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Burkina Faso/Benin: Conditions for Beninese nationals to enter and exit Burkina Faso; the process for obtaining permanent resident status, and the rights associated with that status (October 2005)

Publisher Canada: Immigration and Refugee Board of Canada
Author Research Directorate, Immigration and Refugee Board of Canada, Ottawa
Publication Date 17 October 2005
Citation / Document Symbol ZZZ100624.FE
Reference 5
Cite as Canada: Immigration and Refugee Board of Canada, Burkina Faso/Benin: Conditions for Beninese nationals to enter and exit Burkina Faso; the process for obtaining permanent resident status, and the rights associated with that status (October 2005), 17 October 2005, ZZZ100624.FE, available at: http://www.refworld.org/docid/45f147cf2f.html [accessed 20 August 2014]
DisclaimerThis is not a UNHCR publication. UNHCR is not responsible for, nor does it necessarily endorse, its content. Any views expressed are solely those of the author or publisher and do not necessarily reflect those of UNHCR, the United Nations or its Member States.

Corroborating sources indicated that Burkina Faso and Benin are members of the Economic Community of West African States (ECOWAS), as are Cape Verde, Ivory Coast, Gambia, Ghana, Guinea, Guinea-Bissau, Liberia, Mali, Niger, Nigeria, Senegal, Sierra Leone and Togo (France n.d.; Senegal n.d.; Action-visas.com n.d.).

During a 6 October 2005 telephone interview, the first counsellor at the Embassy of Burkina Faso in Ottawa indicated that under the agreements among ECOWAS member countries, Beninese citizens can enter and exit Burkina Faso at will simply by showing a valid passport, an identity card or ECOWAS laissez-passer (see also Action-visas com. n.d.) and a vaccination certificate.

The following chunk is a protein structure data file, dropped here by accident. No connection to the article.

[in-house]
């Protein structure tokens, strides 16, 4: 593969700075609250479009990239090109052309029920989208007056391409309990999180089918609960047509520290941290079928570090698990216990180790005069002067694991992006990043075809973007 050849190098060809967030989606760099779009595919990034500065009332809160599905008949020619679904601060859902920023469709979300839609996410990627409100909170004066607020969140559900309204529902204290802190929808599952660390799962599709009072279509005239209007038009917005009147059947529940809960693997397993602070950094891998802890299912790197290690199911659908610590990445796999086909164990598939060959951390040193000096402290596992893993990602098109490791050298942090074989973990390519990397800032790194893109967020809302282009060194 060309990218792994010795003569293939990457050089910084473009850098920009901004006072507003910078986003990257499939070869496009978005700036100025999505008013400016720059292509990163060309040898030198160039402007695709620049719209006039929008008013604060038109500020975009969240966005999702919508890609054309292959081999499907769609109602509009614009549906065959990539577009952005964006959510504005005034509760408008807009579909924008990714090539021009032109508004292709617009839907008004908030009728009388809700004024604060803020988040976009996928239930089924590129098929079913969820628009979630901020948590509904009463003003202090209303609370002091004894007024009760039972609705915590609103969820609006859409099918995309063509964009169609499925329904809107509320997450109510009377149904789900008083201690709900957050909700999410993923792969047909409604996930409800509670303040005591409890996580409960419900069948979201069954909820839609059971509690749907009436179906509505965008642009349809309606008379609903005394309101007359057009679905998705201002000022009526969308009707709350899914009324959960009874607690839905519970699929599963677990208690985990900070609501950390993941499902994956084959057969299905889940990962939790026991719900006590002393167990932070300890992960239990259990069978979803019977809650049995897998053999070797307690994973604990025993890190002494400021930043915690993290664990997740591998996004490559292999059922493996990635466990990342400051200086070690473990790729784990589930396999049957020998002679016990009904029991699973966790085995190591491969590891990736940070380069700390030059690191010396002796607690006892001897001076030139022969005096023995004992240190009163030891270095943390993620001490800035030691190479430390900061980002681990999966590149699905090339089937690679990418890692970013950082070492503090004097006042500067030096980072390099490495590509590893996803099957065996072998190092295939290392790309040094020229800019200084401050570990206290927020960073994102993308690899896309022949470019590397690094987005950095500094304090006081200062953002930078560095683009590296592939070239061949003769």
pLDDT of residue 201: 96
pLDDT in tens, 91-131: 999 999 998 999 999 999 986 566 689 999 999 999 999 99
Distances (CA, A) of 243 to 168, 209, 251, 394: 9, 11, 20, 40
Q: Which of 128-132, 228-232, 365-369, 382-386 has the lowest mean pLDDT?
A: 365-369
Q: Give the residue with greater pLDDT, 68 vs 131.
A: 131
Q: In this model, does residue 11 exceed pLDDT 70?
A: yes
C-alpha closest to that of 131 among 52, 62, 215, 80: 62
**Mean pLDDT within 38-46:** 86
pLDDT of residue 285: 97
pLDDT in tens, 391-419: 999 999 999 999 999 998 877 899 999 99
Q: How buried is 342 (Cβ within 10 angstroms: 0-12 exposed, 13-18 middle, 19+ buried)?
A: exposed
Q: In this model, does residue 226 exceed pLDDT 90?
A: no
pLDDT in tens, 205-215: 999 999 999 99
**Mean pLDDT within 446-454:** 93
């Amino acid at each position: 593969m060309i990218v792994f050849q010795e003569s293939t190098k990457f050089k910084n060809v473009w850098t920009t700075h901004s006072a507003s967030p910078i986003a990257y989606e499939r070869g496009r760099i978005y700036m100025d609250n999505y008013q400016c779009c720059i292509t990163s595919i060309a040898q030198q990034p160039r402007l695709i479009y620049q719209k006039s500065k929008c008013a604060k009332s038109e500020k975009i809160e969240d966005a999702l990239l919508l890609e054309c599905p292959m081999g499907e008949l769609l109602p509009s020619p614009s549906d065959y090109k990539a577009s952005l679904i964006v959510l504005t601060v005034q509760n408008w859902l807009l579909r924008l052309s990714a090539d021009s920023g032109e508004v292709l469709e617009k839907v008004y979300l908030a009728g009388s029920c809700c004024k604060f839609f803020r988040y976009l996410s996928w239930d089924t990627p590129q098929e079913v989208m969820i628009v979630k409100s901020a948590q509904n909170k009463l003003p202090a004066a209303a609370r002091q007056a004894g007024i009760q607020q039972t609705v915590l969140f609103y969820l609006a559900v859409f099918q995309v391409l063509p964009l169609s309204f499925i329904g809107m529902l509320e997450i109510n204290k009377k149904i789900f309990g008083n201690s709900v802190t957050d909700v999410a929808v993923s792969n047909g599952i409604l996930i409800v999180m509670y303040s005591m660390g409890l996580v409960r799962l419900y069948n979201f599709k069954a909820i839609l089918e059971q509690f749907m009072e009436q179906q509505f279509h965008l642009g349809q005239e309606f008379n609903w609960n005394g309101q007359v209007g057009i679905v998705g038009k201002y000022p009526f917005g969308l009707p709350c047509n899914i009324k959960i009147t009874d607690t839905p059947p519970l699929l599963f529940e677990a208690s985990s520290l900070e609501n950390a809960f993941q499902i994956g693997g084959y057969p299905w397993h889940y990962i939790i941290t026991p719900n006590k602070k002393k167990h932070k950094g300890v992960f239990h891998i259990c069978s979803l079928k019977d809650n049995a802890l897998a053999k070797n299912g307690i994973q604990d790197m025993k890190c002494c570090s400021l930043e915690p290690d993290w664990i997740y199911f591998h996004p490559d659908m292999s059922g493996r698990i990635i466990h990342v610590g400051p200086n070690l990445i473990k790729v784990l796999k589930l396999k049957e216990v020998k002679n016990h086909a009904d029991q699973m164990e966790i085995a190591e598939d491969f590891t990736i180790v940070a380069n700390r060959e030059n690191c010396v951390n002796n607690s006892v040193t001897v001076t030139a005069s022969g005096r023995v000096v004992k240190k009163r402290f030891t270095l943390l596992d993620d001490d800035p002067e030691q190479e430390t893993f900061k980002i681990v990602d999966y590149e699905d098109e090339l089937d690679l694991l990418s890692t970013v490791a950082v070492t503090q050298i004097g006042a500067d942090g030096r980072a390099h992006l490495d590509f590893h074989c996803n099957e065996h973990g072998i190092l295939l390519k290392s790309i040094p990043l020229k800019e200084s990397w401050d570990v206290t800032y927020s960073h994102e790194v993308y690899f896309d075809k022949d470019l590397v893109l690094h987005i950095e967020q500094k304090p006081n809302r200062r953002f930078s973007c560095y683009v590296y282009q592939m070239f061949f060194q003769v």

However, without specific reference to Burkina Faso or Benin, ECOWAS states on the "Achievements" page of its Website that

[t]he visa and entry permit requirement has been abolished in all ECOWAS Member States. However, nearly all the States still maintain numerous check-points, and ECOWAS citizens are subjected to administrative harassment and extortion (7 May 2005).

The first counsellor at the Embassy of Burkina Faso in Ottawa added that nationals of any ECOWAS country can settle in Burkina Faso indefinitely, but they are responsible for keeping the documents used to enter the country up to date because the authorities in Burkina Faso do not issue any other identity documents (6 Oct. 2005).

During an 11 October 2005 telephone interview from Ouagadougou, the executive secretary of the Burkina Faso Human Rights Movement (Mouvement burkinabé des droits de l'homme et des peuples, MBDHP), an affiliate of the Paris-based International Federation for Human Rights (Fédération internationale des ligues des droits de l'homme, FIDH), corroborated the information communicated by the first counsellor at the Embassy of Burkina Faso in Ottawa. The executive secretary of the MBDHP also mentioned that many Malians and Beninese settle in Burkina Faso (11 Oct. 2005).

In terms of the rights associated with permanent resident status in Burkina Faso, the first counsellor at the Embassy of Burkina Faso in Ottawa explained that residents originating from ECOWAS countries enjoy the same rights as citizens of Burkina Faso, with the exception of political rights, of the right to work in the public service, to enlist in the armed forces or to receive study grants (6 Oct. 2005).